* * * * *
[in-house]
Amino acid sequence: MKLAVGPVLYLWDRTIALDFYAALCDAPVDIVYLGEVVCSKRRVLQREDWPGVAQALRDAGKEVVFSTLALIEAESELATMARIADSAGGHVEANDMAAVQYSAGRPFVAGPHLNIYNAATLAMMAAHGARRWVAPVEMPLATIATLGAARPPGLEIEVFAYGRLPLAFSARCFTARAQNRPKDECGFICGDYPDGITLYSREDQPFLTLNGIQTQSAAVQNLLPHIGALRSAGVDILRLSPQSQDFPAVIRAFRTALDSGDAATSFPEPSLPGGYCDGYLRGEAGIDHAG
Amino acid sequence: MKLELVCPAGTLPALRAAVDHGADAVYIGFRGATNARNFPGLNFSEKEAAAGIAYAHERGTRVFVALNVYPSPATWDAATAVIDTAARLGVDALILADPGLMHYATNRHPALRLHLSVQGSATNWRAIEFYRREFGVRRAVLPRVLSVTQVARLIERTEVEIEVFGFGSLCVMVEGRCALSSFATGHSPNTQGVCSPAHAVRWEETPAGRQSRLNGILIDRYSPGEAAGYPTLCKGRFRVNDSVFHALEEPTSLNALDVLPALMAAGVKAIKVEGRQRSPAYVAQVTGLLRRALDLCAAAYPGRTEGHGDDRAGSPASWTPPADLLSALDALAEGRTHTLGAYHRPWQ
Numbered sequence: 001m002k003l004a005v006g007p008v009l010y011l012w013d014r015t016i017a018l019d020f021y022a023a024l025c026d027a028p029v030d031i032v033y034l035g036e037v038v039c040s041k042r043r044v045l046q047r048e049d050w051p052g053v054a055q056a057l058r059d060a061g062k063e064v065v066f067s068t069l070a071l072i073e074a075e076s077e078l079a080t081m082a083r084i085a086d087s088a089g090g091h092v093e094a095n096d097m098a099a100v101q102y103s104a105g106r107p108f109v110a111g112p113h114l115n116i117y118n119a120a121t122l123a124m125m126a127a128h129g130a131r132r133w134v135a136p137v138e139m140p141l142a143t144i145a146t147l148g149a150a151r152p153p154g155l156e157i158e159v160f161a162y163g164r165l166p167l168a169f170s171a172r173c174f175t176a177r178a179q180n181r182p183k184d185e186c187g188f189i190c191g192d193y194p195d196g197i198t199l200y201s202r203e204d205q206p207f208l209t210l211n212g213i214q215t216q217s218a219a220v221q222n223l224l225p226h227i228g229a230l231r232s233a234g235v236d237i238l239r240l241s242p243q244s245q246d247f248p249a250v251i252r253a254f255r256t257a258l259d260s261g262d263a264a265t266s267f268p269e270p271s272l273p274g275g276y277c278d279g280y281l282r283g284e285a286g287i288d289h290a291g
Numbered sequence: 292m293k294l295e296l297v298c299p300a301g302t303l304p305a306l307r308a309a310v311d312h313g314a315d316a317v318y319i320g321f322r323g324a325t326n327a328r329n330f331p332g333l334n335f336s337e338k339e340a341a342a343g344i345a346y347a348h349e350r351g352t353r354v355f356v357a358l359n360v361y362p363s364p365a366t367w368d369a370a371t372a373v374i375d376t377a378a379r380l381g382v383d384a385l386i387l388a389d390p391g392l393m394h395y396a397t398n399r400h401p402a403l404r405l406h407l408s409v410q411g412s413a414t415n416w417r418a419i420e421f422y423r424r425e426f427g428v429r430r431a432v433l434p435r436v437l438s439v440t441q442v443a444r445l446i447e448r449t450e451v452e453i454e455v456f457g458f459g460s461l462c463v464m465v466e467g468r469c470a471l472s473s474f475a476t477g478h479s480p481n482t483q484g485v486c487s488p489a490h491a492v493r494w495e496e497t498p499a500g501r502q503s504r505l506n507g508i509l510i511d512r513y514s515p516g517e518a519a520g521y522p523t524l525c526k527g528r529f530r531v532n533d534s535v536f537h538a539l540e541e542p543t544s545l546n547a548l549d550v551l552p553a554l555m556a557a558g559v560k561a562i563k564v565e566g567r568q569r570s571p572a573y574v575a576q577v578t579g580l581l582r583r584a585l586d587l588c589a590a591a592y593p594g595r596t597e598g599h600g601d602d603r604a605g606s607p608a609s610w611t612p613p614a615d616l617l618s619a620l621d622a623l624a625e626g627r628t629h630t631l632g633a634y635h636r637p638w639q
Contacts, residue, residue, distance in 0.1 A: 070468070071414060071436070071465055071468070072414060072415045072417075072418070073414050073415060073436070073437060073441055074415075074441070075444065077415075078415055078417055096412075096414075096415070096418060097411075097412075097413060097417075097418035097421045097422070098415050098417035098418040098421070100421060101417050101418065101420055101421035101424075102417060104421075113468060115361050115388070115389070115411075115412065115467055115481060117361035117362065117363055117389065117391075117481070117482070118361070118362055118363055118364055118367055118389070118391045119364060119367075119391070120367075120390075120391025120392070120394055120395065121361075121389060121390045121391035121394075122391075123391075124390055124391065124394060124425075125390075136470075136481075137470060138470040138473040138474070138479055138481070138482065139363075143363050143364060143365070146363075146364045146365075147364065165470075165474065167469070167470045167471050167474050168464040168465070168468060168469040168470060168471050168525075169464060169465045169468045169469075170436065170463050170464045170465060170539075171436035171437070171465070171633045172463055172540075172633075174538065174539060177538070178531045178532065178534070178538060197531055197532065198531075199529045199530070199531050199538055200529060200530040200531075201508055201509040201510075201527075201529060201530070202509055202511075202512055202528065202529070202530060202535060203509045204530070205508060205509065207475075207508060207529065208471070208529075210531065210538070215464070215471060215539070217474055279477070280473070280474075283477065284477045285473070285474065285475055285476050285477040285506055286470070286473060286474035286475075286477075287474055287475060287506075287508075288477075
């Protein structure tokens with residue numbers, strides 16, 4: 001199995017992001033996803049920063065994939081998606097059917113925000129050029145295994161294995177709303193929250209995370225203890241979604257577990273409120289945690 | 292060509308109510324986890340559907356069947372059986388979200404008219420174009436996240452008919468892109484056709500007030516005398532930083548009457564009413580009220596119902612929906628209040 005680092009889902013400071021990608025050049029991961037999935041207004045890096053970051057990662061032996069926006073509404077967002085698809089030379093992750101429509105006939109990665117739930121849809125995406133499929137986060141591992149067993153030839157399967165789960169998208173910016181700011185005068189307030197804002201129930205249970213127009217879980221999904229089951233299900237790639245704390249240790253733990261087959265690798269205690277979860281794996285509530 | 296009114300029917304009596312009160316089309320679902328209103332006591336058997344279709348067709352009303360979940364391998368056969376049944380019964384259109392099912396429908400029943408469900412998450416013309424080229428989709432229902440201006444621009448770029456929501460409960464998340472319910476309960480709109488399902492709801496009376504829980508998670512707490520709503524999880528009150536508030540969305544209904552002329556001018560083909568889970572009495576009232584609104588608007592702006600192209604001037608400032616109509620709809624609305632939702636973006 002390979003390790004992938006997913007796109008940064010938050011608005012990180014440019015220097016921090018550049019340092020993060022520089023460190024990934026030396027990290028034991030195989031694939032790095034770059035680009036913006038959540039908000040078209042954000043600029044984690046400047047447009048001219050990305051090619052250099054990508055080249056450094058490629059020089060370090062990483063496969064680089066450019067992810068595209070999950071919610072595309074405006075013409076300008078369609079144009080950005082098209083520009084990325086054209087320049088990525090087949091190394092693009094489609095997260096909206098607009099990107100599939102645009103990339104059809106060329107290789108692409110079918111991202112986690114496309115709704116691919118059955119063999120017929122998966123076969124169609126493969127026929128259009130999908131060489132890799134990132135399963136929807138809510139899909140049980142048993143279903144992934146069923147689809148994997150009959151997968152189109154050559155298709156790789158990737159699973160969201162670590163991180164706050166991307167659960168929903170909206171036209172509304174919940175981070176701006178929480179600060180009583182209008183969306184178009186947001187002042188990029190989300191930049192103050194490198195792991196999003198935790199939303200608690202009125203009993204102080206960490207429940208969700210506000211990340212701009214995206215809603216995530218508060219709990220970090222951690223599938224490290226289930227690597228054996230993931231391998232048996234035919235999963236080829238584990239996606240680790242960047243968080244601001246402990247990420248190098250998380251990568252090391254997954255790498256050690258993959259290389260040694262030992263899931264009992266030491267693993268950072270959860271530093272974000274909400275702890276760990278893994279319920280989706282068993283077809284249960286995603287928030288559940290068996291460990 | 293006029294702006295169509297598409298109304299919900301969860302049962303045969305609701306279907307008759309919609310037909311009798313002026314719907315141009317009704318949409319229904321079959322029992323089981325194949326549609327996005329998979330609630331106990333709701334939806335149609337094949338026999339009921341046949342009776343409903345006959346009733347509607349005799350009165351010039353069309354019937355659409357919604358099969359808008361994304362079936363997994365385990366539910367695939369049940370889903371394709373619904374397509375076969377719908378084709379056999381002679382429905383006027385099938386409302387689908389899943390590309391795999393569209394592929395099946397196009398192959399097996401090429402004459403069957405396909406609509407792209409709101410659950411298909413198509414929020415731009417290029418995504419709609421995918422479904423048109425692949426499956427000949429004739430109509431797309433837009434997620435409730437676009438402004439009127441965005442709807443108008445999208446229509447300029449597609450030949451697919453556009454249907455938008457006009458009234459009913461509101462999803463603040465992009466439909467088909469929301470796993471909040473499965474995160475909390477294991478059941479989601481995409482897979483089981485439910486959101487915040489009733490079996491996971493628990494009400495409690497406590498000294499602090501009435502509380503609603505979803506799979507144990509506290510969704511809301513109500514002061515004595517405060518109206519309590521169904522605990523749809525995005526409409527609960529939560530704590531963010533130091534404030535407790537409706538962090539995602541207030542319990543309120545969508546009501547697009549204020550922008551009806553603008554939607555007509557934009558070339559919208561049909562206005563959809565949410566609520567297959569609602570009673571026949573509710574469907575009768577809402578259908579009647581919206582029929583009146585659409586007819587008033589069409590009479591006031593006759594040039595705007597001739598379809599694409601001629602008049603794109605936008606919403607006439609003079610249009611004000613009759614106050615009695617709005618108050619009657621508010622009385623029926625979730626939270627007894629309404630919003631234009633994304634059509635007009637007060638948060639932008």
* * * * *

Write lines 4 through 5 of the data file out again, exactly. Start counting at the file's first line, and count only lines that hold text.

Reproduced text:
Numbered sequence: 001m002k003l004a005v006g007p008v009l010y011l012w013d014r015t016i017a018l019d020f021y022a023a024l025c026d027a028p029v030d031i032v033y034l035g036e037v038v039c040s041k042r043r044v045l046q047r048e049d050w051p052g053v054a055q056a057l058r059d060a061g062k063e064v065v066f067s068t069l070a071l072i073e074a075e076s077e078l079a080t081m082a083r084i085a086d087s088a089g090g091h092v093e094a095n096d097m098a099a100v101q102y103s104a105g106r107p108f109v110a111g112p113h114l115n116i117y118n119a120a121t122l123a124m125m126a127a128h129g130a131r132r133w134v135a136p137v138e139m140p141l142a143t144i145a146t147l148g149a150a151r152p153p154g155l156e157i158e159v160f161a162y163g164r165l166p167l168a169f170s171a172r173c174f175t176a177r178a179q180n181r182p183k184d185e186c187g188f189i190c191g192d193y194p195d196g197i198t199l200y201s202r203e204d205q206p207f208l209t210l211n212g213i214q215t216q217s218a219a220v221q222n223l224l225p226h227i228g229a230l231r232s233a234g235v236d237i238l239r240l241s242p243q244s245q246d247f248p249a250v251i252r253a254f255r256t257a258l259d260s261g262d263a264a265t266s267f268p269e270p271s272l273p274g275g276y277c278d279g280y281l282r283g284e285a286g287i288d289h290a291g
Numbered sequence: 292m293k294l295e296l297v298c299p300a301g302t303l304p305a306l307r308a309a310v311d312h313g314a315d316a317v318y319i320g321f322r323g324a325t326n327a328r329n330f331p332g333l334n335f336s337e338k339e340a341a342a343g344i345a346y347a348h349e350r351g352t353r354v355f356v357a358l359n360v361y362p363s364p365a366t367w368d369a370a371t372a373v374i375d376t377a378a379r380l381g382v383d384a385l386i387l388a389d390p391g392l393m394h395y396a397t398n399r400h401p402a403l404r405l406h407l408s409v410q411g412s413a414t415n416w417r418a419i420e421f422y423r424r425e426f427g428v429r430r431a432v433l434p435r436v437l438s439v440t441q442v443a444r445l446i447e448r449t450e451v452e453i454e455v456f457g458f459g460s461l462c463v464m465v466e467g468r469c470a471l472s473s474f475a476t477g478h479s480p481n482t483q484g485v486c487s488p489a490h491a492v493r494w495e496e497t498p499a500g501r502q503s504r505l506n507g508i509l510i511d512r513y514s515p516g517e518a519a520g521y522p523t524l525c526k527g528r529f530r531v532n533d534s535v536f537h538a539l540e541e542p543t544s545l546n547a548l549d550v551l552p553a554l555m556a557a558g559v560k561a562i563k564v565e566g567r568q569r570s571p572a573y574v575a576q577v578t579g580l581l582r583r584a585l586d587l588c589a590a591a592y593p594g595r596t597e598g599h600g601d602d603r604a605g606s607p608a609s610w611t612p613p614a615d616l617l618s619a620l621d622a623l624a625e626g627r628t629h630t631l632g633a634y635h636r637p638w639q